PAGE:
David Cameron, followed by Ed Miliband, says strip Sir Fred Goodwin of his knighthood. Nick Clegg, desperate not to be left out, cries “me too.” Pass the sick bag.
I don’t know Fred personally. I’m no advocate for the man. Tales out of RBS since his fall paint him as arrogant, overbearing and, as Fred the Shred, willing to trample over other people.
His mishandling of RBS was a disaster for those sacked, and other companies and people previously reliant on the bank are still struggling with ruined lives. He deserves all the opprobrium heaped upon him for being a banker whose hubris got the better of him.
But Fred did not award himself a knighthood. He was nominated by Jack McConnell’s Scottish Exective and given it by Gordon Brown, who was so taken by him that Fred became one of his financial group advisors at the same time he was running and ruining RBS.
But that was when Labour was in love with the City slickers making themselves filthy rich. No serious questions were ever asked of Fred or RBS by those who should have asked, unless it was “want a knighthood Fred? – you’ve got it”.
If Fred was to be stripped of his honour, the obvious time to demand this was when RBS collapsed and he waltzed off – to public dismay and anger – with his big pay-out and big pension. That was in 2009. Why now, I ask myself? Why is this one man being singled out when down the corridor from the House of Commons sits a number of lords who made false claims on expenses, on the taxpayers’ tab, but remain there in full membership?
What about the rest of that RBS board, known as the “nodding dogs” for endorsing whatever Fred came up with? The then chairman, McKillop, is also a Sir. Of far greater threat to Fred and each of them than being stripped of honours would be for Vince Cable’s business department to strip them all of the right ever again to be company directors. He has the power to do so. Fat chance of that.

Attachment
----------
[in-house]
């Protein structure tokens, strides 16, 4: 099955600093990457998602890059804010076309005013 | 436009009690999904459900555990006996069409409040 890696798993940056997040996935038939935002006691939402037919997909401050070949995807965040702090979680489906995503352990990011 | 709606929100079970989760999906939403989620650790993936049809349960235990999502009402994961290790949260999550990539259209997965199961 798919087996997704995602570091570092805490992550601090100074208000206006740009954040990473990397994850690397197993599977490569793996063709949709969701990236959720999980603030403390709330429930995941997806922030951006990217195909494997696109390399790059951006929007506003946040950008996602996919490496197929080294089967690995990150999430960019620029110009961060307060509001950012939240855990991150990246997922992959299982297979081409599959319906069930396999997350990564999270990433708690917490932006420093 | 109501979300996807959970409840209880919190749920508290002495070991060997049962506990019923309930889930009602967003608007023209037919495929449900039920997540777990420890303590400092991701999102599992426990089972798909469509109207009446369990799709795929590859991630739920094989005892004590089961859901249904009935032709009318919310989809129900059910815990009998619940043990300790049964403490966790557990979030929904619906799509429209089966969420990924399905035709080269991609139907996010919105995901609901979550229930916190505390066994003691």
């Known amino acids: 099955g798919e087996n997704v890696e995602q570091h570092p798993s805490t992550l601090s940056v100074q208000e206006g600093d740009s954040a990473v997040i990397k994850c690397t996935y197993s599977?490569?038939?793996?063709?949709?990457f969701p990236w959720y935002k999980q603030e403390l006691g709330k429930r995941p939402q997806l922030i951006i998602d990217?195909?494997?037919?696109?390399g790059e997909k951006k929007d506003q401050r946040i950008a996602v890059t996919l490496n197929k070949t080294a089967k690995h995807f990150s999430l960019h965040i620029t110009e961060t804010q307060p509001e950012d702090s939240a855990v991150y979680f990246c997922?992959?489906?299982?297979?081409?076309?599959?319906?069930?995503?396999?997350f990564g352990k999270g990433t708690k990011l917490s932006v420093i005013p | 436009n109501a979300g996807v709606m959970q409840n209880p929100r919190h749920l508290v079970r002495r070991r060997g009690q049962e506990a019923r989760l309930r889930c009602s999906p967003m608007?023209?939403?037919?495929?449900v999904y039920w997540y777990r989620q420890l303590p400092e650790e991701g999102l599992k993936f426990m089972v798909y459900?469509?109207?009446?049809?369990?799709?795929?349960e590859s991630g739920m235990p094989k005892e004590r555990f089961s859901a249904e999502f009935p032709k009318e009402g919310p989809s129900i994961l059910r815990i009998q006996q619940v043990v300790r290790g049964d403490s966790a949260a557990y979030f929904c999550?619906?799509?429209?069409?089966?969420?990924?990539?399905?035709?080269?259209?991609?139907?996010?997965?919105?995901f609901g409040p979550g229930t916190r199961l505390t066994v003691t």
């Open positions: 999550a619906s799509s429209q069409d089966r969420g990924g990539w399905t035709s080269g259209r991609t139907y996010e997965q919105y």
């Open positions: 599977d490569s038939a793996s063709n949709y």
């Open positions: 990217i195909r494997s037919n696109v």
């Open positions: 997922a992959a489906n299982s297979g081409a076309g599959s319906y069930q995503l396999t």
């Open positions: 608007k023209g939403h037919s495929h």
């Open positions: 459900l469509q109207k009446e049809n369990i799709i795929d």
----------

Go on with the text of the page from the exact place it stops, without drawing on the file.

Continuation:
Fred has been wheeled out now as a lightning rod for public anger, diverting our attention from rising unemployment. There will be no growth until big companies start investing again. Right now they are on strike. If low-paid public sector workers strike, it’s headlines. When big capital goes on strike, silence. Big UK companies have £76 billion on their books that they are not investing.
As people ask questions about such a system, Cameron gets clever with talk of “responsible capitalism”, as opposed to the Goodwin “irresponsible” sort.
Miliband, a pathetic excuse for a Labour leader, joins in this contrived piece of theatre. Fred is handed to an angry, anxious public as a scapegoat upon whom we can vent our spleen. Sir Fred will become just plain Fred. He’ll get his comeuppance, and we are all meant to feel better.
But tell me, what does it matter to you and me, and to the economy now, whether he is Sir Fred or just Fred? Not a jot. We shall not be better off by one penny, and not one person’s employment prospects will be altered.
But if we keep venting our spite on the ex-RBS man, Cameron will have successfully convinced us that, just as Fred was one of those minority irresponsible capitalists, there are many more responsible ones in whom we can put our faith. The idea of capitalism being responsible to the community in which it operates is tripe.
Of course, there are people like Tom Farmer, a Leith lad with a deep commitment to the people he came from, and Bill Gates with his commitment to eradicating fatal diseases in Africa. But they are exceptions. Look at our utilities and manufacturers which, without a moment’s hesitation, will shift their call centres and plants to Asia for the cheap labour available, closing centres and plants here. How many of our big retailers have been caught selling goods made by exploited children, and then cried “ we didn’t know”?
Then there are the big financial investment groups, and those hedge funds, betting against currencies to make a fast buck, quite uncaring of the damage wreaked upon economies and the destruction of jobs that follows.
Capitalism isn’t immoral. It is amoral, quite different. There is no great conspiracy where people who wield the power of money plot to destroy economies and jobs.
Fred Goodwin didn’t intend to bust RBS, he meant to make it bigger and more profitable. Making a return on capital invested, on the exploitation of labour – whether it be physical, mental or intellectual – is the fundamental principle of capitalism. Turning the amoral into the moral is a hopeless quest where capitalism is concerned.